2. Sis—I tend to agree with your son. I don’t do Facebook either, but I do know that you have to “accept” a friend before they can search your page. Obviously, you wouldn’t accept a “friend request” if you didn’t know or like the person. The people that follow you and your messages are indeed people that you ‘think” are your friends–but he’s right in that you don’t KNOW.I’ve known too many people that did one of those “Match” sites and thinking they were meeting a “fox”, wound up with a skunk or a hog!! Photos can be bought—certainly can be altered. But, hey, that’s why we carry personal protection, right?? love you—Sis

    • Suzie, I just found out you can see a person’s FB wall even if they’re not a friend. It’s unfortunately easy. Google a handful of people you know and see if a FB page doesn’t come up. 😦

    • Thanks, Sue, for your thoughts. I don’t know beans about Facebook, but I know it’s different from the “Match” sites. We all have to be careful, especially with our personal details. That’s why I don’t refer to my son by name, or reveal private information about my home and life. I don’t want to meet any of those skunks parading around like foxes, ha!

  3. What a great question. (And how cute that the parental shoe is now on the other foot!) But I do actually censor myself. I don’t make polarizing statements about religion or politics, because I love my readers no matter their persuasion, and don’t want to alienate them. Once in a while I get a comment from a horny guy (at least I think they’re guys!) or a drunken commenter weaving all over the page in her late-night, in-the-bag musings, and those I delete or block. Spam every now and then, although WordPress is pretty good at filtering it. Recently a sort-of-bad person tried to use my blog to get closer to my family, and I blocked that person. But yes, I do wonder. We are so accessible these days. Anybody can see your thoughts, connections, heck, even your back yard from satellite mapping. The only comfort to be derived, I believe, is from the sheer volume of data. Why would they care about me when there are so many rich and famous people to exploit? At least, that’s my hope.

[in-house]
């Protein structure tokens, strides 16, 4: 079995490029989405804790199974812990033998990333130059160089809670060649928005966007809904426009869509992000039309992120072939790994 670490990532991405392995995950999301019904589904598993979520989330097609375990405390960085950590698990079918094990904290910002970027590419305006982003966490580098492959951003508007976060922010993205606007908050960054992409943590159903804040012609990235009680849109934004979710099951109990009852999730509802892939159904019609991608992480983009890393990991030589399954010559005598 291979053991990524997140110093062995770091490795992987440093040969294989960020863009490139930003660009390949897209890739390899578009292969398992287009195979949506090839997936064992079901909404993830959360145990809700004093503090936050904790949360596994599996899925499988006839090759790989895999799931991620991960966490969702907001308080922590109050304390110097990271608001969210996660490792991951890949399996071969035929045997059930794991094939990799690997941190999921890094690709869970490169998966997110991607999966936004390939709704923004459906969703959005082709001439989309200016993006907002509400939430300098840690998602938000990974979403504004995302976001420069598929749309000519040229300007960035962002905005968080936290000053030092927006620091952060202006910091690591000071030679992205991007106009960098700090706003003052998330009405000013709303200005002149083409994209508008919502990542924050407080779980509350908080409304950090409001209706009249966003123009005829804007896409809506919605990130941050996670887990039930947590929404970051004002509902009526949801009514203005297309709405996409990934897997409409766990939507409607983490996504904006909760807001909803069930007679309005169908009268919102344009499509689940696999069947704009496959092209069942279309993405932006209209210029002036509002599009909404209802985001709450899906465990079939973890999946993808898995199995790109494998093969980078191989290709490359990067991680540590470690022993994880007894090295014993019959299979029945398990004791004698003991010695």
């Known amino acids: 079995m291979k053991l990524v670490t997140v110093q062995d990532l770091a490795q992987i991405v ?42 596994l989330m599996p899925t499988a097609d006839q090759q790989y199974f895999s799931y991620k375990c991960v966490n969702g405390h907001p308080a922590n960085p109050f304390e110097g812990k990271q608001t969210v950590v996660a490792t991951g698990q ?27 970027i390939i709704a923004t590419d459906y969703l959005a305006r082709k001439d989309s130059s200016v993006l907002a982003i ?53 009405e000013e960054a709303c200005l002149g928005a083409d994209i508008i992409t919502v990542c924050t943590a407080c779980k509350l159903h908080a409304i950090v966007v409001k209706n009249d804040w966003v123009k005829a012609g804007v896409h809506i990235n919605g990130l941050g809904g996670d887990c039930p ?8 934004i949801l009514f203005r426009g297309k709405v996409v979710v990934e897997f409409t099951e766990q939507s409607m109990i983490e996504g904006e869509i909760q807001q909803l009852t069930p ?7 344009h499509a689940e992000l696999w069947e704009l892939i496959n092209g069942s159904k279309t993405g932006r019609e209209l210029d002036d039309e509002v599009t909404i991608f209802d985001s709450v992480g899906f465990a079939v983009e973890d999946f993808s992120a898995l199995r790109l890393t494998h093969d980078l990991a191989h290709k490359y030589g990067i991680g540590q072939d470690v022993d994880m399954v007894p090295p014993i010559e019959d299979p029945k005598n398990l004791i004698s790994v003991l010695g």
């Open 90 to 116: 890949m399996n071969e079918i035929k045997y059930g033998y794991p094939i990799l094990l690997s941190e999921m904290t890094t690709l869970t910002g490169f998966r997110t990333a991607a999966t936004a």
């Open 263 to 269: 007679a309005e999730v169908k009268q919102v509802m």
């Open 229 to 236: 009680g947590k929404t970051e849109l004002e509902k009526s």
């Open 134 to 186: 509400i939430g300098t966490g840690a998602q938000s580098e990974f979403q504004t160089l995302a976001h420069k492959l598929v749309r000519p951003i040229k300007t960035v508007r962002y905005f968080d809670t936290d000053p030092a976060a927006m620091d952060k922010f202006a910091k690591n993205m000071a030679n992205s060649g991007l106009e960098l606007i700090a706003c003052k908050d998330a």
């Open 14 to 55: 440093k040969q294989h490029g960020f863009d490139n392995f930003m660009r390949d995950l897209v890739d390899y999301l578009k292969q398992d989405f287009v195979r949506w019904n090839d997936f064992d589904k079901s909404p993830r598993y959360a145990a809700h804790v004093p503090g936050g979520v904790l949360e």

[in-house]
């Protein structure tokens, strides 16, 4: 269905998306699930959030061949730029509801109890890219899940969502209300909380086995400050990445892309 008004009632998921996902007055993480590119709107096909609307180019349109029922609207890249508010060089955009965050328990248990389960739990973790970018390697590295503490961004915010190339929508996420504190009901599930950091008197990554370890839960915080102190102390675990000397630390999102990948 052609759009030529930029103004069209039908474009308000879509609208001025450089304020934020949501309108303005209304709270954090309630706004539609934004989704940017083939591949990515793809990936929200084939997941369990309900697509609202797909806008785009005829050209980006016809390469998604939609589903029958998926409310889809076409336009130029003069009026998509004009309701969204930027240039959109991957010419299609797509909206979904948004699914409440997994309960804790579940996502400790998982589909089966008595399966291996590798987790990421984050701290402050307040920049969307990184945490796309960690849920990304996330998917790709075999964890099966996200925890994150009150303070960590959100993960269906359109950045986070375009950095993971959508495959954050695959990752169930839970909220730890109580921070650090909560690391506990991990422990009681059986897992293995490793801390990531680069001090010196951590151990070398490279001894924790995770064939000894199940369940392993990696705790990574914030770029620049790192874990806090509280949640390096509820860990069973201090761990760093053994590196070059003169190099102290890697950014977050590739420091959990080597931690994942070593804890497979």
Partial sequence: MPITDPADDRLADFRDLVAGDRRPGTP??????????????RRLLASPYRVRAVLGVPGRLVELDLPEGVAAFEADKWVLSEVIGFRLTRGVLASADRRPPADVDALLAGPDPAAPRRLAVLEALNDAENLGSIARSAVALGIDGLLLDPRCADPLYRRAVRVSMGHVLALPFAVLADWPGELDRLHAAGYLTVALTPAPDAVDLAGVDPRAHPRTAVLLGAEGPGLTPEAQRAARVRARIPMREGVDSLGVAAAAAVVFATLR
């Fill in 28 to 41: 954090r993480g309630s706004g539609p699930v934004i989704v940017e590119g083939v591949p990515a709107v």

• I’m right there with you, Lynne. WordPress does a wonderful job filtering spam, and I, too, delete the crude and/or drunken ramblings of strangers. How is a writer supposed to “connect” with her readers if she can’t be sort of accessible? Still, it’s an ongoing concern, one that I don’t see too many ways around. Brighter folks than I am need to hop on that one and figure it out!

  4. I don’t think your son is alone in his beliefs, and they have some merit. We do need to use common sense when it comes to internet safety. But those who don’t blog probably don’t have any idea the sense of community and companionship we find through this creative outlet. I may be naive, but I’d like to believe that the majority of bloggers are sincere and real.

    I use real first names in my writing and have debated whether I should assign pseudonyms. But after five years of blogging, it might be a pointless endeavor. And I know several who use their full real names, seemingly without worry, though most of those are men.

    • Thanks, Terri! I often see some of the same bloggers commenting on posts that I read regularly and, when I don’t recognize someone, I hop over to check them out. And so our community grows! I think it’s pretty wonderful and amazing how we’ve come to know and trust one another — thanks to our “bravery” in putting ourselves out there. You’ve been blogging for five years?? Wow, you deserve a medal!